The state of the academy game
Posted by Dean Holden at June 19th, 2013
by Paul Grech, 21 Marcy 2013
When Chris Green wrote Every Boy’s Dream back in 2010, it presented a not too complimentary picture of the situation at English academies particularly criticising those running the game whilst at the same time presenting stories that offered hope for the future. It was a book that struck a chord so much that it was short listed for the Best Football Book in the 2010 British Sport Book Awards.
“Every Boy’s Dream was the culmination of many years’ reporting on issues concerning the English football academy system since it was set up in the late 1990s,” he says in an interview with Blueprint for Football. “The problems were there from the start and it gave me no joy to report on the inevitable failings as the years progressed.”
“I am proud of the book.
I think it encapsulates views from many sides, especially the often unheard voices of children and parents, but also club coaches who are being asked to deliver a system many of them don’t really have faith in. They deserve to be heard – especially those experienced youth developers with a track record of success who truly understand their profession and the needs of children. They are rarely listened to by the people who should listen most.”
What really got to Green was the petty politics being played out by those running the various aspects of the game. “A vicious turf war between the game’s three main governing bodies – the FA, the Premier League and the Football League – was being fought out during the period I wrote the book in 2009 – and although some sort of Glasnost has broken out of late I remain to be convinced that the needs of children will ever be put first by the football industry.”
Although there are clear instances of clubs doing an excellent job at youth level, most of them didn’t fare too well in Green’s analysis.
“Clubs put their interests above the welfare of children playing in football academies. There are too many players in professional club academies starting from too early an age, there is no justification for clubs to sign and train pre-teen children whatsoever (let alone kids as young as four or five years of age) and that attempts to profit financially from the efforts of children is morally repugnant and doesn’t work.”
The result of this defective system can be seen at a national level. “We have got football youth development so badly wrong in this country – and the evidence is clear to see. We don’t produce sufficient home grown players, we fly in the face of other sports in other countries (US sports wouldn’t allow their pro clubs anywhere near children) and we’re miles behind countries like Spain, who produce truly talented and gifted players in far greater numbers.”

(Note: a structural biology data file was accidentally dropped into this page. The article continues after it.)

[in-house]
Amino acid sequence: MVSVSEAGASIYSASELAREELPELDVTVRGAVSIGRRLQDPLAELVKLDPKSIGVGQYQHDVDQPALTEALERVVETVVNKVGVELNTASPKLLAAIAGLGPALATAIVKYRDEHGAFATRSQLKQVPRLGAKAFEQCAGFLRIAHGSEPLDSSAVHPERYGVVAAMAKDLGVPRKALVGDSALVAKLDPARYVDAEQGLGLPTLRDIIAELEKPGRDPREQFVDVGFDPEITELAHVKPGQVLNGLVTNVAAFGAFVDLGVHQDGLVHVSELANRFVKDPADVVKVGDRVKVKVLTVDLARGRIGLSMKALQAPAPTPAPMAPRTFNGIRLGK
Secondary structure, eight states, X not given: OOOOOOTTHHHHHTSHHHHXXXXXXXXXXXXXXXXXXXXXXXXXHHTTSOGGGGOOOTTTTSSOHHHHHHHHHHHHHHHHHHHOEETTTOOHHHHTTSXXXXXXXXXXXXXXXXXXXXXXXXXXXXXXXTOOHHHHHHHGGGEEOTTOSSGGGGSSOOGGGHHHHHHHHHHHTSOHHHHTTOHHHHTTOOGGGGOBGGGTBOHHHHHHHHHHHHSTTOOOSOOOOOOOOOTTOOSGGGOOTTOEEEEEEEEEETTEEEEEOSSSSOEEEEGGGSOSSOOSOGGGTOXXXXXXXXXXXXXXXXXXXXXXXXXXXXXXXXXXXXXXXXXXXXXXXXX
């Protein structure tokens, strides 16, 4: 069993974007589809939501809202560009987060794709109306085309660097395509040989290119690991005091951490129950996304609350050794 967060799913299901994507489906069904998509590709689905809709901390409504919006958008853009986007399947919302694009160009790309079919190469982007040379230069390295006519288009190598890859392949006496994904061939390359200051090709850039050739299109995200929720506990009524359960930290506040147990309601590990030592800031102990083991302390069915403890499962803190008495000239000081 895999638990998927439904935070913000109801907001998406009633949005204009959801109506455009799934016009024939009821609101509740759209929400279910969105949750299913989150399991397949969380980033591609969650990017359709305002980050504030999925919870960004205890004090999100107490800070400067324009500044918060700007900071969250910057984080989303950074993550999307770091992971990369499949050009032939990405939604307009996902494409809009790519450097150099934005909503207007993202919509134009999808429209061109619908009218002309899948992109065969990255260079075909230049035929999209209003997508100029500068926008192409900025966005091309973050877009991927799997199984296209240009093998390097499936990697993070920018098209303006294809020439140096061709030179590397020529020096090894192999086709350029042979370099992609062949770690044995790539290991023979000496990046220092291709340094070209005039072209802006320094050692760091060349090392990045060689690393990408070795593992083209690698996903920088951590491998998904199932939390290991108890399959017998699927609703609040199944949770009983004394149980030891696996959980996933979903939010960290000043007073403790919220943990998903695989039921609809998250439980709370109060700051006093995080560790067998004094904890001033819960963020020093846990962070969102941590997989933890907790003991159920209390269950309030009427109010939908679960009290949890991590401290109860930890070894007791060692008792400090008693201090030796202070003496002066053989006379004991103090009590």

“For all of English football’s attempts to hoover up the best child talent from an early age – what starker contrast is more imaginable than Team GB’s multi-sport heroes and English football’s perennial big tournament underachievers?”
The feedback he received for the book was overwhelming and continues to this very day. “From the moment Every Boy’s Dream was published I began to receive lots of emails and letters from players, parents and coaches wanting to tell me their personal stories and keep in touch. Three and a half years on I still receive emails on a daily or weekly basis. There is a community of people out there who have rallied around the book because it gave them a voice and raised their concerns.”
Whilst he is in the early stages of planning a follow up, where the aim will be to focus on how those psychologically effected by seeing their hopes dashed, Green has continued following the main developments taking place in youth football level. And there have been few bigger developments than the introduction of the EPPP.
“Overall it has to be welcomed as good news and it is an improvement on a broken system but only time will tell.”
“It think the dangerous parts are those elements which do away with the sensible child protection measures which were a key part of the Charter for Quality, the document drafted by the FA’s former technical director Howard Wilkinson in 1997, which set the academy rules such as restrictions on distances children could travel to attend academies and compensation to be paid by larger clubs to smaller club academies when they nab their best talent.”
“For sheer self-interest and to flex its collective financial muscle, the Premier League has diluted these rules so their clubs can get their greedy hands on the best child talent.”
Small Clubs Without Development Systems
One of the main worries surrounding the EPPP is that it will lead to the closure of youth development programmes at a number of smaller clubs. Green agrees but, surprisingly, suggests that this was never inevitable.
“The inevitable consequence of the EPPP will be that small Football League clubs will, in time, be forced to close their academies so that football youth development will become an activity purely for rich and famous clubs….only they don’t have much of a track record with just 30 per cent of Premier League players being genuinely English home grown players.”
“In some respects there are too many academies out there and too many boys in the pro club system – but this isn’t the way to change things. Many of our smaller clubs are in geographically isolated parts of the country so the loss of their professional club academy means players and parents will have to travel longer distances to reach bigger club academies.”
“Travelling long distances to and from academies during the school week can be exhausting for children – some even eat and do their homework on the hoof – and some parents (unwisely in my opinion) slip off work early or drive at breakneck speeds to reach training sessions on time.”
“The detrimental effect on a child’s well-being is obvious. Some of the biggest clubs in the country have driven coach and horses through the regulations and the inspection of the academies has been historically weak. Some of the behaviour outlined in Every Boy’s Dream: a six-year-old told he has been ‘culled’; a 14-year-old boy travelling on his own by train an illegal distance from one metropolitan city to another to attend an academy; and, scandalously, a 10-year-old boy playing under an assumed name to bend the rules, is plain wrong”
“Make no mistake some of the biggest clubs in the country are engaging in this activity – and they are being protected by the Premier and Football Leagues. It is wrong, wrong, wrong and the people who allow this to happen should hang their heads in shame.”